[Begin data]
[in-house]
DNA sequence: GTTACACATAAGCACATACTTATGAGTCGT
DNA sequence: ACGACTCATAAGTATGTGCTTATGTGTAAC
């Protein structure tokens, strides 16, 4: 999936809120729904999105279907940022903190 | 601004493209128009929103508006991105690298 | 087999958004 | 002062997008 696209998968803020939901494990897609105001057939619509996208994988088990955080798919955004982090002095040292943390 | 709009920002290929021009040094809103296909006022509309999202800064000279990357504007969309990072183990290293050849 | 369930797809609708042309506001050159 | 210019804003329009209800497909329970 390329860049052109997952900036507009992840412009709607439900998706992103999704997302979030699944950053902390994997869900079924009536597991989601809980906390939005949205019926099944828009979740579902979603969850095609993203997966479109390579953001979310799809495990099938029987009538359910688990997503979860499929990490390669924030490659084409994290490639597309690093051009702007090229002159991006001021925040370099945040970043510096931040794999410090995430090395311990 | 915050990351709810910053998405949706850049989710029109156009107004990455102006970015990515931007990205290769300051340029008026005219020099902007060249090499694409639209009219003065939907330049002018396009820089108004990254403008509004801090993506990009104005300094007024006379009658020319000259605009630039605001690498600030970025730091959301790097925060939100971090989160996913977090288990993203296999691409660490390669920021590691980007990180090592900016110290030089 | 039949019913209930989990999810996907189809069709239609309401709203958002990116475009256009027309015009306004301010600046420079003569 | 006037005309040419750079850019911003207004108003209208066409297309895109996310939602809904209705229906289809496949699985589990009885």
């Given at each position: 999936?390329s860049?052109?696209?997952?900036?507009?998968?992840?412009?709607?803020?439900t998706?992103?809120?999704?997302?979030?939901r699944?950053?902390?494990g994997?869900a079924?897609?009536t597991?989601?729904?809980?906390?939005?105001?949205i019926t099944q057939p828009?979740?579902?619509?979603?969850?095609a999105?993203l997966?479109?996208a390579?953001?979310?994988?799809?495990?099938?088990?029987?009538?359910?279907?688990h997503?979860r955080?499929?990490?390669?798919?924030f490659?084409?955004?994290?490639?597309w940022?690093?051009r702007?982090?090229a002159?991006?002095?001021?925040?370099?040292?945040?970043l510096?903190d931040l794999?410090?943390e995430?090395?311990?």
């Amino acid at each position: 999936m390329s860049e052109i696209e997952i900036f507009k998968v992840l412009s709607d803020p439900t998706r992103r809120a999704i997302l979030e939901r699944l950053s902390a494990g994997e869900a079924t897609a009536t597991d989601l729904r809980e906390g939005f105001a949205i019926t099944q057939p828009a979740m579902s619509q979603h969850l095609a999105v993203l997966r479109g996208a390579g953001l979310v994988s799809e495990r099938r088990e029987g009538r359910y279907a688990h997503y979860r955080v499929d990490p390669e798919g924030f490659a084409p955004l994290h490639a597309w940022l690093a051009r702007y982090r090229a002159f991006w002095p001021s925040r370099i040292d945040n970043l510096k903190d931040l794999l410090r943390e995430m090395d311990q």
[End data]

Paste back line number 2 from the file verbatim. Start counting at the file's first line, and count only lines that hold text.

DNA sequence: GTTACACATAAGCACATACTTATGAGTCGT